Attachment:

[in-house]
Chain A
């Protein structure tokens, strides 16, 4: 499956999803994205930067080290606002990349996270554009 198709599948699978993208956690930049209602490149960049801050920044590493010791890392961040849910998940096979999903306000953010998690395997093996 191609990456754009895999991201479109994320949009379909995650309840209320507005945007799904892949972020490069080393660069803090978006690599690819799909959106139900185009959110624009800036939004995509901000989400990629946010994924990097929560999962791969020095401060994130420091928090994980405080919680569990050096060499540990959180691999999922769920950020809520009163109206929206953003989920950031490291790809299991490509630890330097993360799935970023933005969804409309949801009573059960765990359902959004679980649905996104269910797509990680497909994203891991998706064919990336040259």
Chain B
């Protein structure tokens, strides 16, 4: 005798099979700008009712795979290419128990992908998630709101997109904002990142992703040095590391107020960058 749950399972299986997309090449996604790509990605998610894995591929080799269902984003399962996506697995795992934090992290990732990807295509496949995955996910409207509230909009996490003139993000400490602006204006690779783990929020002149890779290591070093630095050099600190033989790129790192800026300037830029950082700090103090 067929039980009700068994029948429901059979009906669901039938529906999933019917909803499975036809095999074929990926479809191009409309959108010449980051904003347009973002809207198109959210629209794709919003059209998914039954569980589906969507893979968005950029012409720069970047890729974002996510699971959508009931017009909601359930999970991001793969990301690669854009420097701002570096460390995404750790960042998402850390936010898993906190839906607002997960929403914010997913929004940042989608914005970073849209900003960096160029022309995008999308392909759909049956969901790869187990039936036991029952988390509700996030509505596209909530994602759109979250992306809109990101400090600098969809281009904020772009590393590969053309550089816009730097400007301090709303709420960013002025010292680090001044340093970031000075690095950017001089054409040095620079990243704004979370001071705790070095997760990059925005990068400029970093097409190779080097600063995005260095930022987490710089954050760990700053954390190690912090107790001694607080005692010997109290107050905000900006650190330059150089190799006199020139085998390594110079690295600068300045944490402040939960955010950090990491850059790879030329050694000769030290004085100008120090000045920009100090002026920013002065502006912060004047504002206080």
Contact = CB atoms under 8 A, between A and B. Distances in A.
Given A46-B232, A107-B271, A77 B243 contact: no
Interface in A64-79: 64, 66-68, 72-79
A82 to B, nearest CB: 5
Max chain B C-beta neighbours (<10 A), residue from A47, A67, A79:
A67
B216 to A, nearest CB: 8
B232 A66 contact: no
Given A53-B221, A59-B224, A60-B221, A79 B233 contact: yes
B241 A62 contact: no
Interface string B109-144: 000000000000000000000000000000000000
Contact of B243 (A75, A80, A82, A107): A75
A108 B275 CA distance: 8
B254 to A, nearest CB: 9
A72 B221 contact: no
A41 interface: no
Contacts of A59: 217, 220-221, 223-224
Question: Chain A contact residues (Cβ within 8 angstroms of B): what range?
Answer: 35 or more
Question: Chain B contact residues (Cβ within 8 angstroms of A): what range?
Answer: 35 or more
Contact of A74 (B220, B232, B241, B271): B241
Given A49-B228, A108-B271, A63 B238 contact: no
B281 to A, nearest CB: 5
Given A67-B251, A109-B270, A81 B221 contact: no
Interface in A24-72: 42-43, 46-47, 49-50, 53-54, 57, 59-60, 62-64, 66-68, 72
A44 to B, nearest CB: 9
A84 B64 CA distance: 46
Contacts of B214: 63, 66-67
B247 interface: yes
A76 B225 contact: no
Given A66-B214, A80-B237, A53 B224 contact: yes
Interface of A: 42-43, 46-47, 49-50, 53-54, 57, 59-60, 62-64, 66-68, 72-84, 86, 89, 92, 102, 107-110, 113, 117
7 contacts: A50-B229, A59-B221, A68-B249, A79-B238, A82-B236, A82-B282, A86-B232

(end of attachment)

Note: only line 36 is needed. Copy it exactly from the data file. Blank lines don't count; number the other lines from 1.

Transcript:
A76 B225 contact: no